What do you get 40 kids who are stuck in an orphanage, most likely not adoptable and so used to people coming and going dropping off things to make their giver’s heart feel better? I remember being at the orphanage when boxes of fruit and goodies would be delivered. The requisite girl and boy would come into the office to pay their respects, say their ‘thank you’, and quickly get shooed out of the room never to see the contents of those boxes again. I don’t want to be just another face, but I will be. After phone calls were made to my friend for suggestions, I ignored her wistful voice and thought I had it sorted. I got my kids into it as well. But after realizing that an entire suitcase could be relegated to purchasing things that are really of no value to the kids, I have resigned myself to going to Korea sans gifts and doing what my friend suggested all along….and George too. The suggestion? Eat a meal with them. My friend is not a stranger to the whole deal, not an anonymous do-gooder. Her husband is my orphanage “brother” and they go every year to visit and reunite with others who have aged out. I know it sounds so incredibly simple, a bunch of pizzas. I couldn’t be convinced that was all I could do. I should know better. What kid needs some useless shit that will get lost or thrown out eventually when you share a room with five or six other kids and you have a designated space of about a drawer? Guilt washed over me knowing that my suitcases will be filled with toys and presents for my kids and for dear friends and family. Guilt motivated me to think about making the financial sacrifice and using up precious space in bags too heavy already to carry. I should know better. Time is far more special, more memorable. It is time that has kept me connected to my old Home and it is time I want to spend with my brothers and sisters who aged out. So my gift to OHK is a day spent together. After all, we are family.
Still, I am a gift giver. I love giving gifts. Thinking about the packing, the list has begun – the plane entertainment, the electronics and the clothes. But it’s been the presents, the gifts from my heart, that matter the most. That has been a year long project. Aside from the fact that it is really really hard to get anything “made in the USA”, you can pretty much get anything you want in Korea now. My first time back to Korea, in the 1990s, there was still a black market. I went there, three flights down among the shopping markets, in search of vanilla to bake cookies for the kids. No luck. But I saw cans of coffee and other English labeled goodies with expiration dates well past. I don’t think such a market exists anymore. They have been replaced by Home Depot style warehouses with aisles and aisles of American goods. I have managed to find USA made products and enlisted some talented artist friends to make some personalized gifts as well. They are all beautiful and I really hope I did well.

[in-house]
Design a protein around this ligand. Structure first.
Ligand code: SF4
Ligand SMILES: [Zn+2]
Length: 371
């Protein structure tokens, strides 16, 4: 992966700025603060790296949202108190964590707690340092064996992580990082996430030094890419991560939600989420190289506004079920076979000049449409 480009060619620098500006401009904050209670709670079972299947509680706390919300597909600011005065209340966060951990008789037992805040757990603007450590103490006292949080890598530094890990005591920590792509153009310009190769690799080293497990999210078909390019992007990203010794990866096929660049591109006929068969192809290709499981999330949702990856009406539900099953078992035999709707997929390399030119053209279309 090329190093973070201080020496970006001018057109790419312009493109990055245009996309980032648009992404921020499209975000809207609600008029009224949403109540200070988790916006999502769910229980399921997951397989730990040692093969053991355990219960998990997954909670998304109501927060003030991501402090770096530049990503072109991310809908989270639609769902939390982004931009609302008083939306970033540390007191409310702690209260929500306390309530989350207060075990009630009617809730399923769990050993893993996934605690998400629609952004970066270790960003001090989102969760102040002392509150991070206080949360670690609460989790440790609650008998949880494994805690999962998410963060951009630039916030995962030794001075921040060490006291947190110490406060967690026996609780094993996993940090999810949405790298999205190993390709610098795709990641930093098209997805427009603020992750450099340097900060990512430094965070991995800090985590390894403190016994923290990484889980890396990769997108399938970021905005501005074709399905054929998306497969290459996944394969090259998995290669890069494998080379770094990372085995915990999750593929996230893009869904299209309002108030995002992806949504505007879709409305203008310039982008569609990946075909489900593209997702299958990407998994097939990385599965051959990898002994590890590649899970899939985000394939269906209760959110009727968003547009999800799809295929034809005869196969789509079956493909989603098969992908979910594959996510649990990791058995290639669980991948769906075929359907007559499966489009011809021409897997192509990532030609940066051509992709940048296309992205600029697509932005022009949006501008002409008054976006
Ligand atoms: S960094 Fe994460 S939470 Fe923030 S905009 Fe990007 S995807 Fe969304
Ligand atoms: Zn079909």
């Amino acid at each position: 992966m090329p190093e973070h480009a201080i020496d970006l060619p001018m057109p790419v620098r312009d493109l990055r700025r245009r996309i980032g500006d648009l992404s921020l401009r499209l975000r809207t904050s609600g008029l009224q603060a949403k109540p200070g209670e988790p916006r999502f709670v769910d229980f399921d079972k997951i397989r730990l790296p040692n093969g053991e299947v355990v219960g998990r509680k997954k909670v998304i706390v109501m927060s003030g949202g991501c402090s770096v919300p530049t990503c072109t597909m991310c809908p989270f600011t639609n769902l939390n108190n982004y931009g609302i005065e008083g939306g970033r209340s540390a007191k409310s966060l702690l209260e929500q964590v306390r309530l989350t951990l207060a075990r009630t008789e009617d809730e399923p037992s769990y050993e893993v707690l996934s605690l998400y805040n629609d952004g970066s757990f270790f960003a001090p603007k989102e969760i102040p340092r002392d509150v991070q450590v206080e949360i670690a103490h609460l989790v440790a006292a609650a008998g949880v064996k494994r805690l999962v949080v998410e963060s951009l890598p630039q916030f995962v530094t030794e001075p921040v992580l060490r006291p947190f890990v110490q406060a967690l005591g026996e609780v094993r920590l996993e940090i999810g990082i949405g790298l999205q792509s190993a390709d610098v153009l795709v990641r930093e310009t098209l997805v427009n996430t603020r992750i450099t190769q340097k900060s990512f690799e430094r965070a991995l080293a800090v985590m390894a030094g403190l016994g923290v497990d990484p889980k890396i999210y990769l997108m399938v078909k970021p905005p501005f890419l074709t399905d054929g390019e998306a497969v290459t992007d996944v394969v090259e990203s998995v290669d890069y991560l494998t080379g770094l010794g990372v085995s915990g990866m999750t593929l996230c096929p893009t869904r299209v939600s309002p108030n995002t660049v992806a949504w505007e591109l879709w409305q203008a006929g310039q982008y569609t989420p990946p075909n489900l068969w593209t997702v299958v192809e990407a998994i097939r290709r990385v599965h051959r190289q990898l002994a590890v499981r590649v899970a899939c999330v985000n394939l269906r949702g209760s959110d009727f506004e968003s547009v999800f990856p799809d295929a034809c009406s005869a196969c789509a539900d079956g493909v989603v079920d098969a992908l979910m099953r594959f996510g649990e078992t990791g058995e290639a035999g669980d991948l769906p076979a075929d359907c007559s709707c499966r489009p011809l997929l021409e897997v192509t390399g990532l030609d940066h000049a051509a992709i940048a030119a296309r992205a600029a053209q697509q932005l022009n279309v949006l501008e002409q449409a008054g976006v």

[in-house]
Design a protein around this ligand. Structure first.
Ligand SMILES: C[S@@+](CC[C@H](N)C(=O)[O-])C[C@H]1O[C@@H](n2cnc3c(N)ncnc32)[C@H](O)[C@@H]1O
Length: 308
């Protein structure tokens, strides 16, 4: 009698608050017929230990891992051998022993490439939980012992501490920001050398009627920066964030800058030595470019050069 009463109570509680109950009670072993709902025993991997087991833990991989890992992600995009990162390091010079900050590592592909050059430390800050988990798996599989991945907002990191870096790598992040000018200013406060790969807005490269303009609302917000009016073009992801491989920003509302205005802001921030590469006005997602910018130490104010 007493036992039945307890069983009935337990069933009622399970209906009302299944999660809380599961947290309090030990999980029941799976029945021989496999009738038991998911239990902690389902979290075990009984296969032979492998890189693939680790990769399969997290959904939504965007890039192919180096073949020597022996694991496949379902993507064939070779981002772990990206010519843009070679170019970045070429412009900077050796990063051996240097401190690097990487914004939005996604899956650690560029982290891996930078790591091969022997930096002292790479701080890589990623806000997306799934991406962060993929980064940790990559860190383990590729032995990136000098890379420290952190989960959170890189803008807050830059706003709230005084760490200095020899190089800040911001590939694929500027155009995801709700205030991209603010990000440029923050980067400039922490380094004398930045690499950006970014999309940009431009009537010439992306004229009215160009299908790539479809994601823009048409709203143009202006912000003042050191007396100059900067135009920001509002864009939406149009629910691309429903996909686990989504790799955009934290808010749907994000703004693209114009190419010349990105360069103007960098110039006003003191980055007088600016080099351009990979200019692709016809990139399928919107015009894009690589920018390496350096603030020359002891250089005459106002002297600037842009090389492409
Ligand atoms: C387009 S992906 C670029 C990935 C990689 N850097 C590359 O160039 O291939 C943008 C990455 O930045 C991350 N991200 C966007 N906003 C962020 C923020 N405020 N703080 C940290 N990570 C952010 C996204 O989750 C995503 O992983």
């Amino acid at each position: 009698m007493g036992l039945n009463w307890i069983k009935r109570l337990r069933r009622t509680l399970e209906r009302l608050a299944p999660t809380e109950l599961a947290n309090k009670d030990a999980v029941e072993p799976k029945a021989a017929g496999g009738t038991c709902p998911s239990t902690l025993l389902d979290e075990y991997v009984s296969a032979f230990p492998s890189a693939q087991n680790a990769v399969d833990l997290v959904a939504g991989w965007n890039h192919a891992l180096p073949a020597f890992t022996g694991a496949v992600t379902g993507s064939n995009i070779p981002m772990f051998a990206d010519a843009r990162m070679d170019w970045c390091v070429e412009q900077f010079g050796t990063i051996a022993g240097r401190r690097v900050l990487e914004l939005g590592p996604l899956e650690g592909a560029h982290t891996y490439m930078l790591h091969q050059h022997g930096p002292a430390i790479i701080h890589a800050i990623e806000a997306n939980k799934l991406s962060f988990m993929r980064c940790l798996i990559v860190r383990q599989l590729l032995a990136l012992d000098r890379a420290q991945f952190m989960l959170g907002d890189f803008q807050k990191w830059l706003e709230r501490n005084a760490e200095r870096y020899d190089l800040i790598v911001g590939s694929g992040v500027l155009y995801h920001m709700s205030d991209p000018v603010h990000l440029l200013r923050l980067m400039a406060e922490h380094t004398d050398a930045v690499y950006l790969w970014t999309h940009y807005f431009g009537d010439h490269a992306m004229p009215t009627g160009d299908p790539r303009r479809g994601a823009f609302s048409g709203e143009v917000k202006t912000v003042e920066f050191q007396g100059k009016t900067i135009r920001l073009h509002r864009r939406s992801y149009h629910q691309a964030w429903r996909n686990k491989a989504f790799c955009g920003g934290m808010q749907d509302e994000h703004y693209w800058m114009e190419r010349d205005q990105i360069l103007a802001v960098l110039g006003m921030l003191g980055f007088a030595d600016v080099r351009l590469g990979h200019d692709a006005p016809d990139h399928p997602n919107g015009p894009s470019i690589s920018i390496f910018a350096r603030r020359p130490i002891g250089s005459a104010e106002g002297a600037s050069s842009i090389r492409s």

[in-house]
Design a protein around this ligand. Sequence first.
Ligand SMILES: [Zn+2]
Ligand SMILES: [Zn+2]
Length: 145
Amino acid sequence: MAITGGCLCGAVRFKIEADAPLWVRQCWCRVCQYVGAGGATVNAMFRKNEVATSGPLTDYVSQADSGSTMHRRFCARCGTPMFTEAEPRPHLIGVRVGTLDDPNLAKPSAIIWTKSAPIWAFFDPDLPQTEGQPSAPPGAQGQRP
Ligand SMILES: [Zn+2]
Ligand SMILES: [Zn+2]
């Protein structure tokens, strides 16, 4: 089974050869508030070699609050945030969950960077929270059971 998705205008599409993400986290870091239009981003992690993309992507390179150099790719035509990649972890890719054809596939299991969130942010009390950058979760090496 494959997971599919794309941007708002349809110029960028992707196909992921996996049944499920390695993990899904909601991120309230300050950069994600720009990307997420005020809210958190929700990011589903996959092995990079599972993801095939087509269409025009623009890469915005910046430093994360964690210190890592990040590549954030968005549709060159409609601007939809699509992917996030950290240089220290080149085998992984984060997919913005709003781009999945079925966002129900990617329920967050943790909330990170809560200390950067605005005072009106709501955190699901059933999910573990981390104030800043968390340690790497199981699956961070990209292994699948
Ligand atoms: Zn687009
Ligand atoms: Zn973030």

I have made a list of presents to bring home for family and friends Stateside enlisting Korean mommy friends to help me with how to say them in Korean so I get the right thing. On the flipside, they find it humorous the things I want to bring home. They are a bit perplexed by my sheer delight in little household products that I think are “so Korean.” I know I am not alone in going crazy for that kind of stuff, the cute mispelled English stationary, socks for furniture legs, ornaments for the cell phone, hair bobs, jade, anything that looks like it belonged in the Joseon dynasty. It almost seems like to be Korean is to fall the for the cute stuff. The cheese factor seems to dissipate en route squarely landing me into the place where I think every one of my friends must have it. So, my list is carefully crafted and I will due my best to not forget anyone.
The final list is for me. I have been to Korea enough times now not to fall for the trendy stuff. I have been gawking at Korean dramas for years now and see things that catch my eye and wonder if I could have it. Every time I go to Korea, the inner me ages a little more. This time I am going as a mother. This time, my family is picking me up at the airport. So ordinary and yet…
– name stamp (dojang) for the boys
– traditional twin bands that married women of nobility wore
– my hojuk (family registry)
– fun, must have fun!